The Bell Hotel group dates from 1898, is by Arts & Crafts architect Ernest Newton and the buildings are Grade II listed.
The Royal Bell replaced the old Bell Inn (picture above) made famous in Jane Austen’s ‘Pride and Prejudice’ when Lady Catherine de Burgh says to Elizabeth Bennet “Where shall you change horses? – Oh! Bromley, of course. – If you mention my name at the Bell, you will be attended to.” Jane Austen frequently travelled to Kent to visit her brother and would certainly have changed horses at the Bell.
Hunters the Jewellers has the finest surviving Victorian Shopfront in Bromley. A similar design for the tailors, Walter Tarry in the Upper High Street, was saved from destruction in the 1970s and is now on permanent display at the Museum of London at the Barbican
The Partridge pub was built in 1928 as the National Provincial Bank
. It is Grade II Listed and one of the finest examples of Arts & Crafts architecture in the town displaying the superb craftsmanship in design and use of materials. Note the fine door case reminiscent of that on Bromley College, the use of small, varicoloured bricks and sash windows. The circular vestibule with its curved doors and bevelled glass is of special note.
Next to the Partridge is George Pamphilon’s 1871 wine shop
. The name is displayed above the right hand entrance which was formally an opening to an ancient rear courtyard of stables incorporated into the main building in a few years ago. G Pamphilon was also an importer of Champagne from Epernay in France and this is celebrated in the carved bunches of grapes above the external columns (pilasters).
The British Heart Foundation occupies the premises of another successful local Victorian institution- Howards’ Stores.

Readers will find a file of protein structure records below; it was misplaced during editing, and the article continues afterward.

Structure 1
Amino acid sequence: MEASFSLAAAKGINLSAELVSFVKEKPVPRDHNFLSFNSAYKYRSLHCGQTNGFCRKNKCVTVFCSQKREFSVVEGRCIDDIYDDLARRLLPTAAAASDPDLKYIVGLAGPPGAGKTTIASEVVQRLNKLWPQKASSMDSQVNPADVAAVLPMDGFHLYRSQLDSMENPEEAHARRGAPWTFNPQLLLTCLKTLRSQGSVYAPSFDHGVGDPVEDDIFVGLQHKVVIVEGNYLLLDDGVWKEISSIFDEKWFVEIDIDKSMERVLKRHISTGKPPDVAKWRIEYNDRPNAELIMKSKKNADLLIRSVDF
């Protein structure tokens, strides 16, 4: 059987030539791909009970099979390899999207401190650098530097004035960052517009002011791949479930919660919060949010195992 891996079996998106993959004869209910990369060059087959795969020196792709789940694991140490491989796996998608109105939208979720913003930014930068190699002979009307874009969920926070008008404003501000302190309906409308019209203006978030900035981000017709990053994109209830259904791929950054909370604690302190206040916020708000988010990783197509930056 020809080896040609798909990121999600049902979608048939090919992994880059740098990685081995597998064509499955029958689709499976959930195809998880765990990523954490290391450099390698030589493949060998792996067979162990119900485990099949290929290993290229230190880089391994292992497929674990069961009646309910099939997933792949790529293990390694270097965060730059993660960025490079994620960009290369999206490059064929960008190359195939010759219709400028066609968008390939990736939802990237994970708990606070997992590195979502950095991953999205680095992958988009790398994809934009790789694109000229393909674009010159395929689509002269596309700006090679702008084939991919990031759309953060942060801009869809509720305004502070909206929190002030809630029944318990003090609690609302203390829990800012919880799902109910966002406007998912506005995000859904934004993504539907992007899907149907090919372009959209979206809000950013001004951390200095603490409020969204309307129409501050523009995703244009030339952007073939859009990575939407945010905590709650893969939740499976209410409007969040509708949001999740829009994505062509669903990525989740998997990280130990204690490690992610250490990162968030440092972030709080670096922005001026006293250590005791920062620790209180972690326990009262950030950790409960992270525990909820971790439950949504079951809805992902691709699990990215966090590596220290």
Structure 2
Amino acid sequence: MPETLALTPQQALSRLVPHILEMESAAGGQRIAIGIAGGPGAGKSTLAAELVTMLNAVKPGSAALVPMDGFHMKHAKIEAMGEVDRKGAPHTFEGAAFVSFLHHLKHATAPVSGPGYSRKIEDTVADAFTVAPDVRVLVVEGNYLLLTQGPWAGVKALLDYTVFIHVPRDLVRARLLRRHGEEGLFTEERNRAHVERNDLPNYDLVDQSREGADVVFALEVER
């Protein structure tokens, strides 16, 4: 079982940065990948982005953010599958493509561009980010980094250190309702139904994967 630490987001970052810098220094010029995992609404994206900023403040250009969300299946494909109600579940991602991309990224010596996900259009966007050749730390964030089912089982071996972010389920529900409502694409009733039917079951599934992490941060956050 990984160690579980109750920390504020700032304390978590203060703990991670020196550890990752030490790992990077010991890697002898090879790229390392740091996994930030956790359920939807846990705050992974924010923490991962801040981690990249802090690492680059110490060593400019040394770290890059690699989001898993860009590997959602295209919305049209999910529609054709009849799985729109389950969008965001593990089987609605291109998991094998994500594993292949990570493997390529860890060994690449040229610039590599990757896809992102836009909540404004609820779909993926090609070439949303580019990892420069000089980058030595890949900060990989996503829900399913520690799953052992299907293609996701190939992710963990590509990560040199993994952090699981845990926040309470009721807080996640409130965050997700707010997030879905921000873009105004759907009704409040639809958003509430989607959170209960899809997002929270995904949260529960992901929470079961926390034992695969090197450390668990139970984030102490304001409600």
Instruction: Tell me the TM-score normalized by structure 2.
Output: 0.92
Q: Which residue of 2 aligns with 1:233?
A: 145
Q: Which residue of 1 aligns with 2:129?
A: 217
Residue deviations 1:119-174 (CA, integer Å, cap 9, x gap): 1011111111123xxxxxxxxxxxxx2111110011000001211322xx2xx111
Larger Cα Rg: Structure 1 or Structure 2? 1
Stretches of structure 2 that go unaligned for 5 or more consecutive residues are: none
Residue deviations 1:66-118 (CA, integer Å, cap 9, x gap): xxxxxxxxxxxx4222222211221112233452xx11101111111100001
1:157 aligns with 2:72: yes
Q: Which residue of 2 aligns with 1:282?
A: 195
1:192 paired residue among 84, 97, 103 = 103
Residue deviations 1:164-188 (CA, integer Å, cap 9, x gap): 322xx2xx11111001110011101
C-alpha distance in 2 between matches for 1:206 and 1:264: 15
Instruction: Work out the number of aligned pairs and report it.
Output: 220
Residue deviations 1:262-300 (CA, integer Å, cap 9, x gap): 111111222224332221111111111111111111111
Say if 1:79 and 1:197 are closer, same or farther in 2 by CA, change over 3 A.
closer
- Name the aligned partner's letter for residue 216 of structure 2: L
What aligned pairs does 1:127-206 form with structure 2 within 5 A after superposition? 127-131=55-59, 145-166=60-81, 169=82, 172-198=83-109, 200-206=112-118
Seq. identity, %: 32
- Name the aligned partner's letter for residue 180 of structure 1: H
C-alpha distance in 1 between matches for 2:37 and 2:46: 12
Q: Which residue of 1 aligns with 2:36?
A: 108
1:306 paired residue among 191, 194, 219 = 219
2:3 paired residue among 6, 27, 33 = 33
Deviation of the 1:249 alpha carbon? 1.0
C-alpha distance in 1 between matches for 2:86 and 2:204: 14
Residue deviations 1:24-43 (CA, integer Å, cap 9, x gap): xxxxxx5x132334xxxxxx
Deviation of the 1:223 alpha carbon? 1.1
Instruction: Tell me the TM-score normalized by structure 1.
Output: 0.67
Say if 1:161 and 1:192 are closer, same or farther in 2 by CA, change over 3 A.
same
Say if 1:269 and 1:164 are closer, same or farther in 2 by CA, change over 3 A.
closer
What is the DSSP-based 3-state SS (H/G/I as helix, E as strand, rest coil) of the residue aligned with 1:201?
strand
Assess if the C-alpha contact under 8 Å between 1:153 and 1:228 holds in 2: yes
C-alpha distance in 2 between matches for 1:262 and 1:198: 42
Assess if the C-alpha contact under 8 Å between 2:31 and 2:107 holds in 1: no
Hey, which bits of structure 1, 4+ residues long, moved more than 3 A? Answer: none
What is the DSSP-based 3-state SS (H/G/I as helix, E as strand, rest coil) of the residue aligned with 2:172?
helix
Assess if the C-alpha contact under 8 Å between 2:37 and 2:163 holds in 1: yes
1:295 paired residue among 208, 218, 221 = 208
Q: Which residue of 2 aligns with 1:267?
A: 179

The Tom Foolery occupies the Victorian ironmonger shop of George Weeks, local historian and philanthropist.
The Diner Inn occupies George Weeks’ 1890s extension to his original shop next door. Its grand Arts & Crafts, Dutch influenced architecture, displays both his personal success and civic pride. Note the name above the front gable and advertisement on the side wall all in enduring ceramic tiles. The shop replaced an old house whose important is that it had been the premises of the famous Bromley based surgeon, Dr James Scott. So respected was he that special stage coaches, known as the Scott Coaches, regularly plied for London the Bell Inn opposite for the convenience of his affluent patients.
Unique occupies one of a pair of early 18th century lodges at the entrance to the driveway to the Grete House,
a Tudor mansion and its lands occupying all of what is now Sainsburys store and car park. In the nineteenth century the lodge was the premises of Daniel Grinstead, one of a long line of seedsmen connected with the Mill at Southend, Downham. DG was a considerable entrepreneur and land owner. As director of the Bromley Electric Light Company he built, in 1898, a huge electricity generating station behind here with a tall chimney which belched black smoke over Market Square for 40 odd years.